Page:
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The UK Foreign and Commonwealth Office advises against all travel to Nagorno-Karabakh and the military occupied area surrounding it, as well as all travel to within 5km of the border with Armenia. Please check with your relevant national government.

Nagorno-Karabakh is the fourth piece of the South Caucasus jigsaw, a geopolitical product of the Soviet Union and a self-declared republic recognised by no one. The subject of a brutal war between 1990 and 1994, this small region is Armenian culture on land claimed by Azerbaijan. Its name sums up its myriad cultural influences: nagorno means mountainous in Russian, kara means black in Turkish and bakh means garden in Persian. To further confuse matters, Karabakhtis call their land Artsakh.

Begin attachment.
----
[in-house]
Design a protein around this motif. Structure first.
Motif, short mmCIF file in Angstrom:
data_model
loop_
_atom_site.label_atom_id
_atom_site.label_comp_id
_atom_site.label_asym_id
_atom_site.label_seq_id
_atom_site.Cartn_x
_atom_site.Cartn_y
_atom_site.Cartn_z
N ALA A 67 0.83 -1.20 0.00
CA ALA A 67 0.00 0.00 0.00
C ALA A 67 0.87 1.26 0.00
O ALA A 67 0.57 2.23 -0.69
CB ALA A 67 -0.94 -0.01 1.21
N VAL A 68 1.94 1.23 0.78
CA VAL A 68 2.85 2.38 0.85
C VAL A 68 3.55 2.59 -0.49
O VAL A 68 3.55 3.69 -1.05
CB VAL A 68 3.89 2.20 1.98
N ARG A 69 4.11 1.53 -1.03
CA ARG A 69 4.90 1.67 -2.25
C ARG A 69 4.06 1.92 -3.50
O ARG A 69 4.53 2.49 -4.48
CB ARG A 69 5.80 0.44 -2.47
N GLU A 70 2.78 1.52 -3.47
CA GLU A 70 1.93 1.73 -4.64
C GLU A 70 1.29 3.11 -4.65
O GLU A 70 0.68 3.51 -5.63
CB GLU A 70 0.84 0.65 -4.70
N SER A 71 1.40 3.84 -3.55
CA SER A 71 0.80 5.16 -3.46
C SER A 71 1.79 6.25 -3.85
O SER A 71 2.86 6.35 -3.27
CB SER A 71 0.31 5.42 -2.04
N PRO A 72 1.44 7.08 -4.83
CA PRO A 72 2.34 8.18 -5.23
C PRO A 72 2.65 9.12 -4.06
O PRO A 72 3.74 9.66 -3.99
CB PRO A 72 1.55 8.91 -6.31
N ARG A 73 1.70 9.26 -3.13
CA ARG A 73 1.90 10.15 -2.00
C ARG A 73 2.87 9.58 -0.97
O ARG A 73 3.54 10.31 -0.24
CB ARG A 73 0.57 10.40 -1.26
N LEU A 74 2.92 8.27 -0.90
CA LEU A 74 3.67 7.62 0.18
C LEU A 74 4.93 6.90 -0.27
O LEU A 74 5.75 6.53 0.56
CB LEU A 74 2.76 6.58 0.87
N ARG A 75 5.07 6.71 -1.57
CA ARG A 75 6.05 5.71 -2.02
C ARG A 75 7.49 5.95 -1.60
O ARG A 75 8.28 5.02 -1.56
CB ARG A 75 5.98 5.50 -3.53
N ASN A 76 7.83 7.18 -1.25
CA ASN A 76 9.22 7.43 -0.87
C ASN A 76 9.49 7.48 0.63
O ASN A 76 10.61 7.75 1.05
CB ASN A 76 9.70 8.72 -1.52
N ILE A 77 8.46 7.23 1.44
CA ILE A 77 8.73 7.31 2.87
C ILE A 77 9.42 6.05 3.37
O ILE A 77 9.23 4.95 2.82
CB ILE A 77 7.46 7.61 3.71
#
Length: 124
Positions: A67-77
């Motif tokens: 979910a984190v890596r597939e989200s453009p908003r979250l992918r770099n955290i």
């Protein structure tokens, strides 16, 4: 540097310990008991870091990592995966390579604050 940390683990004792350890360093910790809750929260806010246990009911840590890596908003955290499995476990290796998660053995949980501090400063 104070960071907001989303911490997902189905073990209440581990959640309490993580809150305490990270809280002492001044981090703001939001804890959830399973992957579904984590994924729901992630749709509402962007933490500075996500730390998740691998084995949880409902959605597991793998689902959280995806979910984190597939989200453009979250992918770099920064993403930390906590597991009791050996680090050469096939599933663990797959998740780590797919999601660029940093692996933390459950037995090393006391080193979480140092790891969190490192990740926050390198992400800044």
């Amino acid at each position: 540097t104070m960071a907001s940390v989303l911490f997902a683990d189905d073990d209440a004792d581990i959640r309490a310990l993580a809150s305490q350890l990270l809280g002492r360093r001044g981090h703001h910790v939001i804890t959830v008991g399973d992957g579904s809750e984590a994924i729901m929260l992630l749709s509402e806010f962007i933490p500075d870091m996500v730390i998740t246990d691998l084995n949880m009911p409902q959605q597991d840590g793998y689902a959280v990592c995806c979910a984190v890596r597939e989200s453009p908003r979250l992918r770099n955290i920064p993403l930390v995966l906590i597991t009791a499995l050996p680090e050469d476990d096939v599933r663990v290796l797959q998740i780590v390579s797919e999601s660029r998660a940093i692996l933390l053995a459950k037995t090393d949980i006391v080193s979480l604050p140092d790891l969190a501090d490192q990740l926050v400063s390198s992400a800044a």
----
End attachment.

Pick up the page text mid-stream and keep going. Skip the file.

While there exist many questions about Nagorno-Karabakh and its political status, the beauty and cultural richness of its remote mountain landscape are undeniable. The Karabakh War left deep psychological scars on the people but the Karabakhtis are moving on, rebuilding their land stone by stone. Travel here is still an adventure, but rapidly improving infrastructure means better hotels, restaurants and hiking trails, while Karabakhti hospitality makes the challenges a joy, even in difficult times.

Top attractions

These are our favorite local haunts, touristy spots, and hidden gems throughout Nagorno-Karabakh.